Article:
After thorough research, FasterSkier found fifteen studies and three reviws examining the effects of inhaled salbutamol on nonasthmatics. While each study is different, the fifteen trials had several things in common:

  • Almost all of them use only high-level athletes, often cyclists, runners, skiers, or triathletes.
  • They are crossover studies: each treatment is used on each athlete, giving the test subject salbutamol one day and a placebo another, and then comparing performance for each athlete individually.
  • They are double-blind: the researcher administering the test – which is usually on a treadmill or stationary bicycle – has no idea which of the treatments the athlete has received.

The vast majority of these studies use only male subjects, probably due to the fact that there are many more elite male athletes than females and therefore the pool of female test subjects is limited.

Of the fifteen studies, twelve found no enhancement of performance parameters after taking salbutamol, while three found some benefit in one or more measures of performance or lung function.

The Consensus Is: Why Bother?

While the twelve studies which found no benefit for nonasthmatic athletes using the drug had some things in common, they were all constructed slightly differently. Some tests were shorter, some longer; some measured VO2Max and others the amount of time to complete a given distance; and some even found that salbutamol had negative effects on performance.

The Studies – No positive performance impact of salbutamol

Carlsen KH, et al. The effect of inhaled salbutamol and salmeterol on lung function and endurance performance in healthy well-trained athletes. Scand J Med Sci Sports 1997: 7: 160–165. (link)

Fleck S, et al. Effects of acute inhalation of albuterol on submaximal and maximal VO2 and blood lactate. Int J Sports Med 1993;14:239—43. (link)

Goubault C, et al. Effects of inhaled salbutamol ingestion in exercising non-asthmatic athletes. Thorax 2001;56:675—9. (link)

Heir T, Stemshaus H. Salbutamol and high-intensity treadmill running in non-asthmatic highly conditioned athletes. Scand J Med Sci Sports 1995;5:231—6. (link)

Lemmer J, et al. The effects of albuterol on power output in nonasthmatic athletes. Int J Sports Med 1995;16:243—9. (link)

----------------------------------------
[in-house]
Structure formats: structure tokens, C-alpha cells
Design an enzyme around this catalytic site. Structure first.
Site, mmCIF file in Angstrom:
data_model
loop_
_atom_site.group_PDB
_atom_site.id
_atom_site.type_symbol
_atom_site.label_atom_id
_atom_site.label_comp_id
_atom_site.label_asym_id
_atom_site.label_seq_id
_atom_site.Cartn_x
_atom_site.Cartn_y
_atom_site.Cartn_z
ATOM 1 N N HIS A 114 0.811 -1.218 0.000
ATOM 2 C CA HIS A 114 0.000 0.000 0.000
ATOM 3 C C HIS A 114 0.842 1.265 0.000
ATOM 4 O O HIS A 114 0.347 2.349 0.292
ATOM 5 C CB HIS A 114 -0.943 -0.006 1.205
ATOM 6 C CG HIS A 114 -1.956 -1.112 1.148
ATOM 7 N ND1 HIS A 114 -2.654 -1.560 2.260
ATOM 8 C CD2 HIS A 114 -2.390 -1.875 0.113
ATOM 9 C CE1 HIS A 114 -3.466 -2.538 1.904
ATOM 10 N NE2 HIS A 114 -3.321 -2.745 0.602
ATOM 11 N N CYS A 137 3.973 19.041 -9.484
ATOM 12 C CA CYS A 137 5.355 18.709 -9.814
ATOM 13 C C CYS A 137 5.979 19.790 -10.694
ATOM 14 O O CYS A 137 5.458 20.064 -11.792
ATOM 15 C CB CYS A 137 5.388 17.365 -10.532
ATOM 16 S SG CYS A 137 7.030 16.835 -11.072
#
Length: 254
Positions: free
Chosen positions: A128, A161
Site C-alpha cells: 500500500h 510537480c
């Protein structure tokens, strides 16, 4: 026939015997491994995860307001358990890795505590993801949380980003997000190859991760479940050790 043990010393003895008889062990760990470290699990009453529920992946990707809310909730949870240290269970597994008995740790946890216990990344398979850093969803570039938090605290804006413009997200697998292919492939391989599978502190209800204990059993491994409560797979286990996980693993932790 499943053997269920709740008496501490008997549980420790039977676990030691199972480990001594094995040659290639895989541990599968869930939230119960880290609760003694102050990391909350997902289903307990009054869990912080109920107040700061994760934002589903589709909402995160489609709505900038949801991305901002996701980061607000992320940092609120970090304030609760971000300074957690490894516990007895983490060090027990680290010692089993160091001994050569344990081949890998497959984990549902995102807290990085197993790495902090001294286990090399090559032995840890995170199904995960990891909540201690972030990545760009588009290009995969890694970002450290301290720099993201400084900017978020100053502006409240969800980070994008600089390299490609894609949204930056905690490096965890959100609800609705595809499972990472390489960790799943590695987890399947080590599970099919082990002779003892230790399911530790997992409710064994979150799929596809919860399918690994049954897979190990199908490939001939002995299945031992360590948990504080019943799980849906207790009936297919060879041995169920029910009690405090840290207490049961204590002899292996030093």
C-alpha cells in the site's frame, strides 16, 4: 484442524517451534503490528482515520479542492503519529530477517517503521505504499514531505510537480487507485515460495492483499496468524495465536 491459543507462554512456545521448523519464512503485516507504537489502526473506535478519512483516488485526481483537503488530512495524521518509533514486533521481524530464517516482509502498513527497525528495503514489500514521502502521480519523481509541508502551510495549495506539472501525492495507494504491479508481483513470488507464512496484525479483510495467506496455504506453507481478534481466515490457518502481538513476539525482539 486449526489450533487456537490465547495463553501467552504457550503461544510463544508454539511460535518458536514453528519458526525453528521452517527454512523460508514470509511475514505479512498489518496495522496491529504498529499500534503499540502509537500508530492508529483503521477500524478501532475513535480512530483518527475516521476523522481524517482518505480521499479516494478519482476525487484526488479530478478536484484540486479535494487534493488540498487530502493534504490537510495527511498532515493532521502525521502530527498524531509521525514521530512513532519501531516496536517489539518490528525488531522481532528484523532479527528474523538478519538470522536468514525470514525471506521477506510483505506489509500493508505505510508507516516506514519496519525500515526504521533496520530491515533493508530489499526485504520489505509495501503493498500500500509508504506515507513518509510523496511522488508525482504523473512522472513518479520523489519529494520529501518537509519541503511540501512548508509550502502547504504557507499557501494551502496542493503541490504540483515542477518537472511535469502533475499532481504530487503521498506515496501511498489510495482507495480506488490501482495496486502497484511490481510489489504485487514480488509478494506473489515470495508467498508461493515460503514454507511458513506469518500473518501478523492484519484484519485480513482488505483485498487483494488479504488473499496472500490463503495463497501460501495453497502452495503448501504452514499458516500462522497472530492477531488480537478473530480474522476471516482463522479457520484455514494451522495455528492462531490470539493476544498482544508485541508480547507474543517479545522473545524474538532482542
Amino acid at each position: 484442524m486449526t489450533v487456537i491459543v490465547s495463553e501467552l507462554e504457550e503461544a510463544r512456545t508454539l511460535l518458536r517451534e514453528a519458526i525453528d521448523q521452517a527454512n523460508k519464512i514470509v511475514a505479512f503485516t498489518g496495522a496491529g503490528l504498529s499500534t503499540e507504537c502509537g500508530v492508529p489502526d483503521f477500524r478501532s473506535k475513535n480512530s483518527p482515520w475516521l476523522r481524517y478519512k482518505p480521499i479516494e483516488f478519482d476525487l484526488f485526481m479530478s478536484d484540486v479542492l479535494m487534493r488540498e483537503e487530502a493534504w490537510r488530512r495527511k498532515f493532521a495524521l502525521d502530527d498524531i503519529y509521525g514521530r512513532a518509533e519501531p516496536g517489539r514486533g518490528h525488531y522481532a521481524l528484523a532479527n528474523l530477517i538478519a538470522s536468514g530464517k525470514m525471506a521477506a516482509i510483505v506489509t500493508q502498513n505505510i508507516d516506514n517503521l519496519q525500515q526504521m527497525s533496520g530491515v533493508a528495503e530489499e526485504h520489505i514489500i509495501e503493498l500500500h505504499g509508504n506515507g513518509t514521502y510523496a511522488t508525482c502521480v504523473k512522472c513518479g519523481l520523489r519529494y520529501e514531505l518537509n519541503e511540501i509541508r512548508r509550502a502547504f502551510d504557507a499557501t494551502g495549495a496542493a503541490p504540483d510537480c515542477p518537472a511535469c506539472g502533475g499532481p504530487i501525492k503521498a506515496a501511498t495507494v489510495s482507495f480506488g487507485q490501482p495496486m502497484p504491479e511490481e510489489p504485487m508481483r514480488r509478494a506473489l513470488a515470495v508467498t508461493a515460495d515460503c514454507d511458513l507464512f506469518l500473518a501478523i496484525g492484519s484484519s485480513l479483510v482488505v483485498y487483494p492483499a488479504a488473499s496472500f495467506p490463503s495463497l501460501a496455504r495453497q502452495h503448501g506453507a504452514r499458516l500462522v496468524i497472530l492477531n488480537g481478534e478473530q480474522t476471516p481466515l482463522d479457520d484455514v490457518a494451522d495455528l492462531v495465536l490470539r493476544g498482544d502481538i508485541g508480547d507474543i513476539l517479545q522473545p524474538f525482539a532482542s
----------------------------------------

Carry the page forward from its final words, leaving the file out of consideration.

McKenzie S, et al. Salbutamol and treadmill performance in non-atopic athletes. Med Sci Sports Exerc 1983;15:520—2. (link)

Meeuwisse W, et al. The effect of salbutamol on performance in elite nonasthmatic athletes. Med Sci Sports Exerc 1992;24:1161—6. (link)

Morton AR, et al. Is salbutamol ergogenic? The effects of salbutamol on physical performance in high-performance nonasthmatic athletes. Clin J Sports Med 1992;2:93–7. (link)

Morton AR, et al. Changes in anaerobic power and stength performance after inhalation of salbutamol in non asthmatic athletes. Clin J Sport Med 1993;3:14–19. (link)

Norris SR, et al. The effect of salbutamol on performance in endurance cyclists. Eur J Appl Physiol 1996;73:364–8. (link)

Sandsund M, et al. Effect of cold exposure (-15 degrees C) and salbutamol treatment on physical performance in elite nonasthmatic cross-country skiers. Eur J Appl Physiol Occup Physiol 1998: 77: 297–304. (link)

Sporer B, et al. Dose response of inhaled salbutamol on exercise performance and urine concentrations. Med Sci Sports Exerc 2008;40:149—57. (link)

Many of the researchers found an immediate, quick increase in lung function just after taking the inhalation. However, they found that the benefit did not last when the athlete began exercising, and by the time the test was over, the numbers were back to normal. So while they did not always claim that salbutamol had no effect, they could claim that it had no apparent effect on performance.

One example of this was a study was led by Dr. Mariann Sandsund, a scientists at the Norwegian research organization SINTEF. Sandsund’s 1997 study specifically tested the effect of salbutamol on nonasthmatic cross-country skiers at cold temperatures.

Sandsund had the skiers run on a treadmill in a climate-controlled room at -15 degrees Celsius. She measured oxygen uptake, heart rate, blood lactate concentration, and time to exhaustion during the test, which was done twice for each athlete – once ten minutes after inhaling a placebo, and once ten minutes after inhaling a dose of salbutamol.

The men warmed up at 55 percent of their VO2Max for ten minutes, and then ran for ten minutes at 95 percent of VO2Max and five minutes at 85 percent of VO2Max. This was designed to bring on bronchoconstriction if possible. Finally, they did a “step test”, in which the treadmill speed was increased incrementally until the athletes could no longer keep up.